If your kidneys aren’t functioning well, they might not produce enough erythropoietin, leading to anemia. Anemia can leave you feeling weak, pale, and short of breath, because your body isn’t making enough red blood cells to transport oxygen effectively.

You might also experience a rapid heartbeat as your body tries to compensate for the lower oxygen levels. 

Remember to consult your healthcare provider if you notice any of these symptoms, to ensure proper diagnosis and treatment.

Early detection and proper management can help prevent complications.

How to Lower Creatinine Levels

Managing and reducing high creatinine levels is crucial for kidney health and overall well-being. Here are dietary modifications, lifestyle changes, and medical interventions that can help lower creatinine levels and support your kidneys’ function.

Avoid Creatine Supplements

If your creatinine levels are elevated, it’s wise to steer clear of creatine supplements. Creatine breaks down into creatinine, adding to the waste your kidneys need to filter.

By avoiding these supplements, you lessen the burden on your kidneys, which can help decrease your blood creatinine levels. If you are an athlete or bodybuilder, consider other supplements that don’t have such a direct impact on creatinine production.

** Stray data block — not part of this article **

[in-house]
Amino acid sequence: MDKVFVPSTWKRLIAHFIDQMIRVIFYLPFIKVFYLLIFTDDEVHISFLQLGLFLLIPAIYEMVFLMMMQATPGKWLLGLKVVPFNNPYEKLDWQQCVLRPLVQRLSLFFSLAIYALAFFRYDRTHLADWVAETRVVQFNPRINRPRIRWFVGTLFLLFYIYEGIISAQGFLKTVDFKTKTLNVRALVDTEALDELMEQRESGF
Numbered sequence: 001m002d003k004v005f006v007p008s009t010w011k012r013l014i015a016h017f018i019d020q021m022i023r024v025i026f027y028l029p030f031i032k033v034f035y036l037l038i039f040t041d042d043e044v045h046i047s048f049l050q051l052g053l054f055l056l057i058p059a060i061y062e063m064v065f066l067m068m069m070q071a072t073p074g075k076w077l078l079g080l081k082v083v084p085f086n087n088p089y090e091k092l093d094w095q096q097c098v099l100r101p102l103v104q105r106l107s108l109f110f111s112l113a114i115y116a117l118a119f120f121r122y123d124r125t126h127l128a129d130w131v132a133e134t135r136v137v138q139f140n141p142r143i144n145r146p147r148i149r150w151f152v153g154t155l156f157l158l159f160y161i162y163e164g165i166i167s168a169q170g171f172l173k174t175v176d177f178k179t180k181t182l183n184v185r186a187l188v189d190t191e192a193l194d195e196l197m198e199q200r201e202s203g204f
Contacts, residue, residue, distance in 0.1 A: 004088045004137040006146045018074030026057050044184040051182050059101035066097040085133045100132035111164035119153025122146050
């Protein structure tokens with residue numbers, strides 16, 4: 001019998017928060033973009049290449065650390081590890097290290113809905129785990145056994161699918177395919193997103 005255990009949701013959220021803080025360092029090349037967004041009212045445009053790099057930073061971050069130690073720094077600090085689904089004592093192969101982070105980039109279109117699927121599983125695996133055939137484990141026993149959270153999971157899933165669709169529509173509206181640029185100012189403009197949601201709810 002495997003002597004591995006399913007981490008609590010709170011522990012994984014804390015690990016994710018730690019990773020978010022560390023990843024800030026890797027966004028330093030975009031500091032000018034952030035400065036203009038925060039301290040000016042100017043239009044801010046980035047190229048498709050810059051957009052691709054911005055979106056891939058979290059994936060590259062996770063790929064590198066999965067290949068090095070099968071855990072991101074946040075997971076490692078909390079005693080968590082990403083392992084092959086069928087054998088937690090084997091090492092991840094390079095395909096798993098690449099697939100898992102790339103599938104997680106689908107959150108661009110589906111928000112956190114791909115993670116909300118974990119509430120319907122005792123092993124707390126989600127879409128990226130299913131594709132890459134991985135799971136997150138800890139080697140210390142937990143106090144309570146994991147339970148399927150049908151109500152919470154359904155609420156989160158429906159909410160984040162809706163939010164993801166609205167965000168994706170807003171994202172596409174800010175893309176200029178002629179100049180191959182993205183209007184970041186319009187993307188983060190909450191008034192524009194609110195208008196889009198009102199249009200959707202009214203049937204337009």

Reduce Protein in Meals

You can help lower your creatinine levels by reducing the amount of protein you consume. Your body converts excess protein into waste products that your kidneys then have to filter out, which increases creatinine levels.

Focus on eating just the recommended amount of protein, and opt for plant-based sources that are easier on your kidneys compared to red meat and other animal proteins.

Eat More Fiber

Incorporating more fiber into your diet can be beneficial for lowering creatinine levels. Fiber can help manage your body’s waste products by improving your bowel regularity and reducing urea and creatinine levels.

Foods rich in fiber, like fruits, vegetables, and whole grains, can support your digestive system and potentially aid your kidneys in the elimination process.

Limit Your Salt Consumption

High salt intake can increase blood pressure and cause your kidneys to retain more water. This can lead to higher creatinine levels as your kidneys struggle to filter out the excess fluid.

By reducing your salt consumption, you can ease the strain on your kidneys, helping to maintain more stable creatinine levels. Be mindful of the salt content in processed and pre-packaged foods, which can be significant.

Exclude Intense Exercises

High-intensity workouts can increase muscle breakdown, leading to higher creatinine levels.

By reducing the intensity and duration of your exercises, you can minimize muscle stress and lower creatinine levels.